In the summer, when this house is open to the public I will check all this in person and take a good picture to post here. However, in the meantime, http://en.wikipedia.org/wiki/Van_Alen_House has an excellent photograph of the main house and the wing.
The Van Alen House is a simple home, built on the Hudson River by Dutch immigrants in 1737. Its character is not applied; it comes from its material - brick. The brick pattern, Dutch cross bond, ties the brick courses together. The voussoirs are the traditional way to bridge an opening. The saw tooth brick pattern - tumblings - at the edge of the gable allowed the bricks to be turned for a smooth edge.
Its grace comes from its shape and the rhythm created by the doors and windows. I think it is possible that both were a byproduct of how the house was built. Not that the builder and owners didn't see and enjoy what they built, but:
I think the builders here used geometry for construction, not for design parameters.
The circle defines the rectangle. It can be used without dimensions to confirm that the angles laid out are true. So: here is the foundation, laid out within the circle.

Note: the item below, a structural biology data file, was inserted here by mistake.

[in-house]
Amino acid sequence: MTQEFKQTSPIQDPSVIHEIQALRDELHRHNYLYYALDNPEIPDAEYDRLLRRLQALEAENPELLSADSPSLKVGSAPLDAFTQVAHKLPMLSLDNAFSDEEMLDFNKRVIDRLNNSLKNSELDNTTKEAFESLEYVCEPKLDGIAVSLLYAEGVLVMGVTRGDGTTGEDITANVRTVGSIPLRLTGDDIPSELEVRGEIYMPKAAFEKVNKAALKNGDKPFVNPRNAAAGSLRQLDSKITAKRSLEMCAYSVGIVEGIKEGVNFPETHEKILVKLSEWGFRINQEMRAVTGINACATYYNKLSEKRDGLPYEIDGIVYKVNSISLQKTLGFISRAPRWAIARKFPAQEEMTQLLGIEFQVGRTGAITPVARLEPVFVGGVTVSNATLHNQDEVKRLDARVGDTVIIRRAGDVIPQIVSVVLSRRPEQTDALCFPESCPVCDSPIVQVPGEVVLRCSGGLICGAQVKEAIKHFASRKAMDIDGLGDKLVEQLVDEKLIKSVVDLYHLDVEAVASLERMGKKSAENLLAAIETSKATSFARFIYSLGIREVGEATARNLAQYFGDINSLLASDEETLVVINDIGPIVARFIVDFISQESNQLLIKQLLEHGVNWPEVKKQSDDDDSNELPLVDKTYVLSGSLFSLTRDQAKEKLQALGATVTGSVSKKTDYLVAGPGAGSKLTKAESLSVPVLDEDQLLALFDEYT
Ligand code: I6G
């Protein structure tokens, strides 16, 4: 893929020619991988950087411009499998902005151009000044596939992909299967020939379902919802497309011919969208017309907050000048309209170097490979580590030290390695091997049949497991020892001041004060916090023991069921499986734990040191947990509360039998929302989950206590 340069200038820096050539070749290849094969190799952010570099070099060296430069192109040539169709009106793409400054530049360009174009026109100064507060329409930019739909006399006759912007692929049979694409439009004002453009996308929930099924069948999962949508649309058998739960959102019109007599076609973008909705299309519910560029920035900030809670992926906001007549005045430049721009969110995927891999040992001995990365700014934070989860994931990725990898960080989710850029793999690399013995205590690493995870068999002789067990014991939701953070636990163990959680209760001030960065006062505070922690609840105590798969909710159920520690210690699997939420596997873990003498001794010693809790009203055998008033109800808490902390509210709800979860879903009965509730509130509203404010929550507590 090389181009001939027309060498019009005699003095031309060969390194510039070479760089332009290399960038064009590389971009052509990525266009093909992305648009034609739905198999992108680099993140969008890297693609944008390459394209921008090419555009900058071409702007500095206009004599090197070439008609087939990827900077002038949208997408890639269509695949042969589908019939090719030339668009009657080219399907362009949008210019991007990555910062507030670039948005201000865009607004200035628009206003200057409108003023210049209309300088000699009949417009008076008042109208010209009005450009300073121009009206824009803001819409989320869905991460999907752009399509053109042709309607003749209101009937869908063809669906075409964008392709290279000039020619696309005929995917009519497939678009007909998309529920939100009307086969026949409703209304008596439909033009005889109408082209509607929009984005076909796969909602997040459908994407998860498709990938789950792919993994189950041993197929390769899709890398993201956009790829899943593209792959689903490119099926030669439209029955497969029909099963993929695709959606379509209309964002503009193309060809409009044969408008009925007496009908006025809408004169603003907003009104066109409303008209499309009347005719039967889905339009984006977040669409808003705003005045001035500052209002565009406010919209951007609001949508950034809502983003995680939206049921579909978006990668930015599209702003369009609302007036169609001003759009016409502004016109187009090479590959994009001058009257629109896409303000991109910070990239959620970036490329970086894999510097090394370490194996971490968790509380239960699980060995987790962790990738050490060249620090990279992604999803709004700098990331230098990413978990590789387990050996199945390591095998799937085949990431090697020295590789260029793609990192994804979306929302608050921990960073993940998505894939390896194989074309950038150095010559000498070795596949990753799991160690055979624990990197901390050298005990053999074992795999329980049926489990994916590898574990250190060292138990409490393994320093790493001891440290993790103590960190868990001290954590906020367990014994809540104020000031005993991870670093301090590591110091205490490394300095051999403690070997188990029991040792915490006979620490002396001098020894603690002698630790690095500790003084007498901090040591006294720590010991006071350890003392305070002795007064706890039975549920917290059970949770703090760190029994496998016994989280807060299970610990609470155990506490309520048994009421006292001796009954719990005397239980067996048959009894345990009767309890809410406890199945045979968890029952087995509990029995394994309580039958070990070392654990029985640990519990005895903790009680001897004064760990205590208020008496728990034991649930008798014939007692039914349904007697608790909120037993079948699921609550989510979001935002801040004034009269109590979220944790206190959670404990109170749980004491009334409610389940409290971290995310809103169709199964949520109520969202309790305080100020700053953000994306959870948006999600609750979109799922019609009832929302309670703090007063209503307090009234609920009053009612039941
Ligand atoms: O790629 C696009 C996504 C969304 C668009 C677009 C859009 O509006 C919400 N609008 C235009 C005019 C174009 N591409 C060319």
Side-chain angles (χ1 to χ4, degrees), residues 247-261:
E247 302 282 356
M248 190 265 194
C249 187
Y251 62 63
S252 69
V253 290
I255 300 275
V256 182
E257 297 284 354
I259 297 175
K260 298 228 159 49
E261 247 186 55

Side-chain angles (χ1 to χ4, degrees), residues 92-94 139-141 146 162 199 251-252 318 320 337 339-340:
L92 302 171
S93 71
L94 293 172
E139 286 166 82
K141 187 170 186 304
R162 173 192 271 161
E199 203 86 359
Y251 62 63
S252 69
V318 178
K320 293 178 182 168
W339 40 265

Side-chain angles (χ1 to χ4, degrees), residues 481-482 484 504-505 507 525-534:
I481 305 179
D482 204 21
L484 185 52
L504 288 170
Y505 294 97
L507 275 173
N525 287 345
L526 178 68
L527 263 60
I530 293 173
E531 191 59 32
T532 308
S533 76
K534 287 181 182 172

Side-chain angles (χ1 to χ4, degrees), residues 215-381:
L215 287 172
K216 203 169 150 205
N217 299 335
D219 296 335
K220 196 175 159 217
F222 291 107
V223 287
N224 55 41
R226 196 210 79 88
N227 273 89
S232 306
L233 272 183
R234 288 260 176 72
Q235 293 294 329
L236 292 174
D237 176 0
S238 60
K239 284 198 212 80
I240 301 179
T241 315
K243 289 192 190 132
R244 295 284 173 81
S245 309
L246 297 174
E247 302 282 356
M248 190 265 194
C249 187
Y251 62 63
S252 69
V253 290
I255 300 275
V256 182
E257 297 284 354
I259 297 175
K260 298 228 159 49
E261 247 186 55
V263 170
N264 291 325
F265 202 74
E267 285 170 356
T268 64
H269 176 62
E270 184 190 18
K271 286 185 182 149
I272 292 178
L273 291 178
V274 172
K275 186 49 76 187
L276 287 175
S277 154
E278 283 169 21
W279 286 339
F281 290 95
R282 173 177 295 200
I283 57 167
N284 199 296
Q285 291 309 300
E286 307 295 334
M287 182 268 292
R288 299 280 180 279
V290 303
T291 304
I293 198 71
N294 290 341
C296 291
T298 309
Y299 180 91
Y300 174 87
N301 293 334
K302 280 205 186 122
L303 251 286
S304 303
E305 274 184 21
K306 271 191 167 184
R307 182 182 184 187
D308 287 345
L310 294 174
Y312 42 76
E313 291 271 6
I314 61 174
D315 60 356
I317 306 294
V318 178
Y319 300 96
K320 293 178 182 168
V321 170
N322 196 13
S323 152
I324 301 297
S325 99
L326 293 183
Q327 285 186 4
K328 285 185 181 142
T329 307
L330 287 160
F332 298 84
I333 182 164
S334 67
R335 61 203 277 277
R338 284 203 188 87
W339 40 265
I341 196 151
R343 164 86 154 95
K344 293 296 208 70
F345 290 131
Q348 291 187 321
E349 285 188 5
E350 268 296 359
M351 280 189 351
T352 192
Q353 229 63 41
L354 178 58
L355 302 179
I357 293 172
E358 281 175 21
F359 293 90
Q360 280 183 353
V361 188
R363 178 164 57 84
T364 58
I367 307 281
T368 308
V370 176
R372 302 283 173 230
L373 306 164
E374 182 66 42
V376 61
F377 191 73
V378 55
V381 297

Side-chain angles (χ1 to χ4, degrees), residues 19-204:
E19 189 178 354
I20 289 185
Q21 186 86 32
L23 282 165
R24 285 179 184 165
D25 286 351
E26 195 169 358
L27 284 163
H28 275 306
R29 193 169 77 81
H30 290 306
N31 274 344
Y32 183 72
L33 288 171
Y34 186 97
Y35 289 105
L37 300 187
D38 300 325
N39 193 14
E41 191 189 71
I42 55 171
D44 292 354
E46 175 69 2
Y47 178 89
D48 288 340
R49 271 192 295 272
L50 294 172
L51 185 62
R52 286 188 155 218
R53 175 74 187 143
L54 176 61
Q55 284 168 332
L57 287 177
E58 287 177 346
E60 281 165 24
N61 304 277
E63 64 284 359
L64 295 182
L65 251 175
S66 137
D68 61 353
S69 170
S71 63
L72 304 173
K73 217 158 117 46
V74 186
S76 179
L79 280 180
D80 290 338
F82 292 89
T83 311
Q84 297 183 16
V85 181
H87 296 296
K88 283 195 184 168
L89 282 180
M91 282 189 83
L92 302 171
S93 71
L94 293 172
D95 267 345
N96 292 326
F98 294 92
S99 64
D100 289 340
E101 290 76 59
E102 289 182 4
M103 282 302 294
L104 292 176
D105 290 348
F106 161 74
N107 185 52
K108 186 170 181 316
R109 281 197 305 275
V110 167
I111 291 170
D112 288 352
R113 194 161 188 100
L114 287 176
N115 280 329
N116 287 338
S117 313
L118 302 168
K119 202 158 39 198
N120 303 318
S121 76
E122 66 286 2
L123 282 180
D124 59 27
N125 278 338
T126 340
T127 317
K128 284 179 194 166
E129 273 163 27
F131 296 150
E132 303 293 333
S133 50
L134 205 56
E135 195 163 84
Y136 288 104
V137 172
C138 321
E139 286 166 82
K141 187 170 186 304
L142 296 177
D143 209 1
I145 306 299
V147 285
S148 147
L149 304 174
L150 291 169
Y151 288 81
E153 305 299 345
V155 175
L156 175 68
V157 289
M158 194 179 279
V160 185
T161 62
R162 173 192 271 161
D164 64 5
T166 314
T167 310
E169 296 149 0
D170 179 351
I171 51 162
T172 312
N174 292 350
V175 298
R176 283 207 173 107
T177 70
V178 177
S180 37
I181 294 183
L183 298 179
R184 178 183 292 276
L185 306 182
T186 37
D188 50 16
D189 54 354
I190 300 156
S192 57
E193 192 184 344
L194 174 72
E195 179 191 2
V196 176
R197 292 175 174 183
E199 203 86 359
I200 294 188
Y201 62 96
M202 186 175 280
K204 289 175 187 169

It is the inside of the foundation that needs to be true. The stone would have been set with a plumb line on the inner side of the wall. The outer side would have been a buttress wall – sloping down into the ground – wider at the bottom than the top. It would have been covered with fill taken from the foundation hole.
The circle does not seem to fit when the outside dimensions are used. The right wing which was originally a barn does not fit the geometry.
I've done some work on the elevations which also use circles to determine structural dimensions. I will post that next. I am well aware that when I have recorded and studied 20 more, 40 more, houses I may see this in new light.
1934, HABS, Adam Van Alen House, Kinderhook, NY, E. J. Potter, delineator
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